Aria fractioned to a vast dome, feeling weak and dizzy. Sterile white rows stretched back hundreds of feet. Vegetables and fruits sprouted from them—ordered, perfect bursts of color.
Her heart began to pound. This was Ag 6—one of the farming domes in Reverie. She’d been here before in search of information about her mother. Soren had attacked her not far from where she now stood.
Paisley had died here.
Aria’s gaze traveled up. High above, black smoke hissed from the irrigation pipes, tumbling down and pooling around her. She tried to run for the airlock door. Her legs wouldn’t move.
A voice broke the silence. “You can’t get out, remember?”
Soren. She didn’t see him, but she recognized his taunting voice. “Where are you?” The smoke reached her, stinging her eyes and making her cough, but she couldn’t see anyone else in the dome.
“Where are you, Aria?”
“You can’t hurt me in here, Soren. ”
“You mean in a Realm? Is that what you think this is? And you’re wrong. I can hurt you. ”
A wave of dizziness sent her stumbling. Her knees buckled, and she went down, grabbing her head. Why was her head pounding? What was wrong with her?
A burning pressure grew stronger and stronger at her bicep. She looked down. Smoke poured out of her skin, seeping into the air. There was fire inside her. Her blood was burning. She yanked and tore at her skin, but invisible hands trapped her.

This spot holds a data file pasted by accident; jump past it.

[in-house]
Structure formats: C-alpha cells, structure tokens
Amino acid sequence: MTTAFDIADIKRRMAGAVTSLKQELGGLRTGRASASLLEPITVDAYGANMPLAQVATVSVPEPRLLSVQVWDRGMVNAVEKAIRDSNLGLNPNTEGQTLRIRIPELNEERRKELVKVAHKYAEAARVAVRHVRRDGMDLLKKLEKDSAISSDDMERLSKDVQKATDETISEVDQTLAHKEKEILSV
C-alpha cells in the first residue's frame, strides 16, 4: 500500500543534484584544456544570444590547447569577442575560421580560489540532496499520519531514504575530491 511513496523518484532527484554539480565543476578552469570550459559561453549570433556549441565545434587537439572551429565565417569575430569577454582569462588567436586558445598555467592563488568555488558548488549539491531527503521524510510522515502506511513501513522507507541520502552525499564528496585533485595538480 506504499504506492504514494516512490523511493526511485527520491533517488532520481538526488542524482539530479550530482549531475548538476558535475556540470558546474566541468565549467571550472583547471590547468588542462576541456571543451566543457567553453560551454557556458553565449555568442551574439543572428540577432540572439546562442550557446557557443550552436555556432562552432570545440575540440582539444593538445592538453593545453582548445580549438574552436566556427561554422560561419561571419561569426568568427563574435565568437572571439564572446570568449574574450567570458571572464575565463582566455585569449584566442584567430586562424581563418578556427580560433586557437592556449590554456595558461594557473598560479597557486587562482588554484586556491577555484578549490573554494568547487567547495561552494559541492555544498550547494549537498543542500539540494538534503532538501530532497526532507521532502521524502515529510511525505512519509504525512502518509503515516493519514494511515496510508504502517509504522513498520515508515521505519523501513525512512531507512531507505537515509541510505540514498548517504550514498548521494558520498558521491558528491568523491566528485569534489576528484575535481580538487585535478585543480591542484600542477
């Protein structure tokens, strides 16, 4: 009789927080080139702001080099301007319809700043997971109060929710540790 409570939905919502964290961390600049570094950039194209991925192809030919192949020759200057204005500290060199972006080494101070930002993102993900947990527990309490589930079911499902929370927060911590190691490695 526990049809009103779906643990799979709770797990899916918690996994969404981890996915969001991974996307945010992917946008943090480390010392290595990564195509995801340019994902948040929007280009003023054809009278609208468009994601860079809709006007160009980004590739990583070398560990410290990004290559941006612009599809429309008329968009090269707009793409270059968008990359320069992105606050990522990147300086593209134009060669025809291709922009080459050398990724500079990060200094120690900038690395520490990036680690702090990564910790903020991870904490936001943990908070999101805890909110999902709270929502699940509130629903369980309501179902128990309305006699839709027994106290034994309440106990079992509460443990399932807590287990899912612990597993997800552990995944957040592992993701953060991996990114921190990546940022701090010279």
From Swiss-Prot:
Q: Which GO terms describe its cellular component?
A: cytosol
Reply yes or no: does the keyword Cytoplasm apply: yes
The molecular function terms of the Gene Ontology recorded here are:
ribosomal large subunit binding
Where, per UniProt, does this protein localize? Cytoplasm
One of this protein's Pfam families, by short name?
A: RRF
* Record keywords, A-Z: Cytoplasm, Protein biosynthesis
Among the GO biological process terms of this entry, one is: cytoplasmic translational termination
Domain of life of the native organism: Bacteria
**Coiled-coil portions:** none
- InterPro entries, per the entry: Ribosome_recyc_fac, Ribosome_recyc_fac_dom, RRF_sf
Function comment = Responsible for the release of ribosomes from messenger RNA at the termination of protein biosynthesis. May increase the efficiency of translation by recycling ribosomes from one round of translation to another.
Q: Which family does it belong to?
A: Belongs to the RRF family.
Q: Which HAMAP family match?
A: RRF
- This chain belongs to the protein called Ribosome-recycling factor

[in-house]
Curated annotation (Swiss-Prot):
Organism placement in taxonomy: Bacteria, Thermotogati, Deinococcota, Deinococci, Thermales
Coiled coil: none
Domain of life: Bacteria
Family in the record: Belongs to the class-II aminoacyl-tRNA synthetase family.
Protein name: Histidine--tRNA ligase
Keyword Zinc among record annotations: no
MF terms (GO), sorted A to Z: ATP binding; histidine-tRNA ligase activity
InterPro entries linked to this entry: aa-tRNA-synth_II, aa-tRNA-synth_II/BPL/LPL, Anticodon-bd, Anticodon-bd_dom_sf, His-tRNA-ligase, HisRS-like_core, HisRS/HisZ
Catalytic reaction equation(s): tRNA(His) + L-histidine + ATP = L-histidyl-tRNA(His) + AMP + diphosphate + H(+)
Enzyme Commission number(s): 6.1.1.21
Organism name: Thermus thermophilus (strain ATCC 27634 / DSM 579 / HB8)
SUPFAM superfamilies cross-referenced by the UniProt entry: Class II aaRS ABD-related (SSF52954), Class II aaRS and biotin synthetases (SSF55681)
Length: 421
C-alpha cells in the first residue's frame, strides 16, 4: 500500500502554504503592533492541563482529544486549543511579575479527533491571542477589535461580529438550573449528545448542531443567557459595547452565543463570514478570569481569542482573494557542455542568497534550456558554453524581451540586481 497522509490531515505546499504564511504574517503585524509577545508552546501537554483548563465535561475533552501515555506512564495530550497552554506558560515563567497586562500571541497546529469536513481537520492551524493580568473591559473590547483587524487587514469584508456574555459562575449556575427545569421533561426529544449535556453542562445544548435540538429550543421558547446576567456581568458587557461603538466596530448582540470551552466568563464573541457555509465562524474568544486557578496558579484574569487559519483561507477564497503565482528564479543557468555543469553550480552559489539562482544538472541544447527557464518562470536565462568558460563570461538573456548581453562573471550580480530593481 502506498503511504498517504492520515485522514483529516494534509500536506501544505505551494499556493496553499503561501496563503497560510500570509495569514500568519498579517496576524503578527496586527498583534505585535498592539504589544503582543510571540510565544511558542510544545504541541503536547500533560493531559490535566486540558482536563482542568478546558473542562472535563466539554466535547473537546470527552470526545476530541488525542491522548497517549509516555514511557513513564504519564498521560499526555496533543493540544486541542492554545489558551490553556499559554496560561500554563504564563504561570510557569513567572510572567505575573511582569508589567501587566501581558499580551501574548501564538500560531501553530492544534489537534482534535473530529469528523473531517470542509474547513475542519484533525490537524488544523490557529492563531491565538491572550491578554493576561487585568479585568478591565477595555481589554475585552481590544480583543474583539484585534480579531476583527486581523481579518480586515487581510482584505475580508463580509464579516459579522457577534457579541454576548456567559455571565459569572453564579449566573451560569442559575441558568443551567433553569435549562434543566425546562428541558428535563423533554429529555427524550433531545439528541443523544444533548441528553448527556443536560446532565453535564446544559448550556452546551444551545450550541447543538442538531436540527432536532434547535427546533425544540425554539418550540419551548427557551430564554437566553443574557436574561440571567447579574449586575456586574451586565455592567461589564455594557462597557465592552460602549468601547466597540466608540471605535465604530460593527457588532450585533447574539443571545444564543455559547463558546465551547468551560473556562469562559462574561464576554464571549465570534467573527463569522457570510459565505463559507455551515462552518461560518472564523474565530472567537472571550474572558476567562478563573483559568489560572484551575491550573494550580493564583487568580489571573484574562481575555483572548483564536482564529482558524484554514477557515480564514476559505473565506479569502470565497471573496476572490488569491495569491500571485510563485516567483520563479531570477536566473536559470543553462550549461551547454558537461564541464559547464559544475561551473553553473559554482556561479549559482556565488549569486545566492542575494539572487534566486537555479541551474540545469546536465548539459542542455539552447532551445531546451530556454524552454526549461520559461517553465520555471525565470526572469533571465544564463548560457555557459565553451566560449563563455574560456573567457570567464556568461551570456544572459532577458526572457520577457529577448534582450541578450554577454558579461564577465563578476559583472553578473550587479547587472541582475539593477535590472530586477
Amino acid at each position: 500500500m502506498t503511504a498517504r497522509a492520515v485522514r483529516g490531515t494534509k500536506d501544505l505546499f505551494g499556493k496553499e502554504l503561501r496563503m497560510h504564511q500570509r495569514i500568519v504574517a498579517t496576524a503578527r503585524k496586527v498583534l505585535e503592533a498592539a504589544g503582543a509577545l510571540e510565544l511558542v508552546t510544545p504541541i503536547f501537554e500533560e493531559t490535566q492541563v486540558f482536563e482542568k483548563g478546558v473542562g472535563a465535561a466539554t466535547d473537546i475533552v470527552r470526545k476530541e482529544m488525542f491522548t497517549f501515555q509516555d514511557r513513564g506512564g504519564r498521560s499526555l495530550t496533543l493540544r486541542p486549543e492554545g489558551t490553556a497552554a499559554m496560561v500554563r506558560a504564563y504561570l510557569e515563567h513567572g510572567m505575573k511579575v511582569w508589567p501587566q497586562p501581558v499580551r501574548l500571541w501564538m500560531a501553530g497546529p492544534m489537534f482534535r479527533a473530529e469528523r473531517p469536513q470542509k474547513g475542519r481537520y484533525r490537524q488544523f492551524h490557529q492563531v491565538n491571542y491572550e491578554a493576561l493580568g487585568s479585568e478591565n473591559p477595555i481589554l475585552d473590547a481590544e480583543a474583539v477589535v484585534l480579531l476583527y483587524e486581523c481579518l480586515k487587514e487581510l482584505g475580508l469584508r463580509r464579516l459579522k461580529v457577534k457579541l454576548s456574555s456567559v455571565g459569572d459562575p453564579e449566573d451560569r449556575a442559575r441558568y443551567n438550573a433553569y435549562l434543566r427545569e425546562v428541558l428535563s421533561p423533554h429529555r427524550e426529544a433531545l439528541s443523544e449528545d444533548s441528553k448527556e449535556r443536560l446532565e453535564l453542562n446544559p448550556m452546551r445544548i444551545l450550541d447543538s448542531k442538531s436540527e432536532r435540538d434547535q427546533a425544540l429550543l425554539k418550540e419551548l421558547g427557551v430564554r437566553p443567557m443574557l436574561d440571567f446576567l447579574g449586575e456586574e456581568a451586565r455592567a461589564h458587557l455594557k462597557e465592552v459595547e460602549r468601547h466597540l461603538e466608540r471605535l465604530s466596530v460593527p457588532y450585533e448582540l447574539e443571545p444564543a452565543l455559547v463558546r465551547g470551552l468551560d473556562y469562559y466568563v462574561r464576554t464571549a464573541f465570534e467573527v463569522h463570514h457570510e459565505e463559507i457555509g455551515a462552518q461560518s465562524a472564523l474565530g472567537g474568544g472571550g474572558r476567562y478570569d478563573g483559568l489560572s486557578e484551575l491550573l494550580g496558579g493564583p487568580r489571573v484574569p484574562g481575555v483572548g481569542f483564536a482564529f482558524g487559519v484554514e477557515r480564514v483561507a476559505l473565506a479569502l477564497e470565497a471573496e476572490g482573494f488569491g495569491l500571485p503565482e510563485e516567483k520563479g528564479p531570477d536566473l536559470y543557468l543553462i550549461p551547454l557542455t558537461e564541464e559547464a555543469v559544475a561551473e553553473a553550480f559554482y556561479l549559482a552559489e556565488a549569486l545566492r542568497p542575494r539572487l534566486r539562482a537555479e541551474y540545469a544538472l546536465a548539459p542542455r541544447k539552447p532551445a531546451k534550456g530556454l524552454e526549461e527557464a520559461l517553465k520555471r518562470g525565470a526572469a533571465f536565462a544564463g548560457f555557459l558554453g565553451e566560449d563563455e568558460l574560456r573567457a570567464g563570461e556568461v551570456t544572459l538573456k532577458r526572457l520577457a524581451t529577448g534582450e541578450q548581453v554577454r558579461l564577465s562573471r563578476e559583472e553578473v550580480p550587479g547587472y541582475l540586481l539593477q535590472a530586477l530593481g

“Enough, Molly! Get them off her arm!”
It was Roar’s voice, but where was he?
Soren’s muscular form appeared above her. “You won’t get away this time. ”
She struggled to tear her arms free. She needed to fight him, but she couldn’t break loose. “I’m not afraid of you!”
“You sure about that?” He darted for her, grabbing her around the waist.
“It’s me, Aria! It’s all right. It’s me. ”
Roar’s voice. Soren’s face. Soren’s hands wrapped around her.
Aria struggled against his grip. She didn’t know what to be afraid of. She had no idea what was real, or why her blood felt like boiling water in her veins. She fell back against the farming rows, kicking, fighting, as her vision turned gray and then black.
Perry entered the cookhouse and found Wylan standing on a table, facing a small crowd. It was late—only a few stray lamps were lit across the shadowed hall—and most of the tribe had gone to their homes for the night.
“He’s a hothead; that’s all he’s ever been,” Wylan said. “He’s with the Dweller. He was keeping that from us. Now he says he’s going north for the Still Blue, but don’t believe that, either. I wouldn’t be surprised if he never comes back!”
“I’m back,” Perry said. He felt cold. Completely focused. As sharp as the knife in his hand.
Wylan whirled and nearly fell off the table. Around Perry, people gasped, their eyes dropping to the blade at his side.
Bear put up his hands. “I had no idea, Perry. I didn’t. I would never do—”
“I know. ” Bear’s temper proved his innocence. He’d been just as shocked as Perry had been earlier. Perry inhaled deeply, slashes of blue edging his vision. “Who was it?” He searched the faces around him.
No one answered.
“Do you think silence will protect you?” He walked past Rowan and Old Will, moving through the crowd, pumping air into his lungs. Inhaling.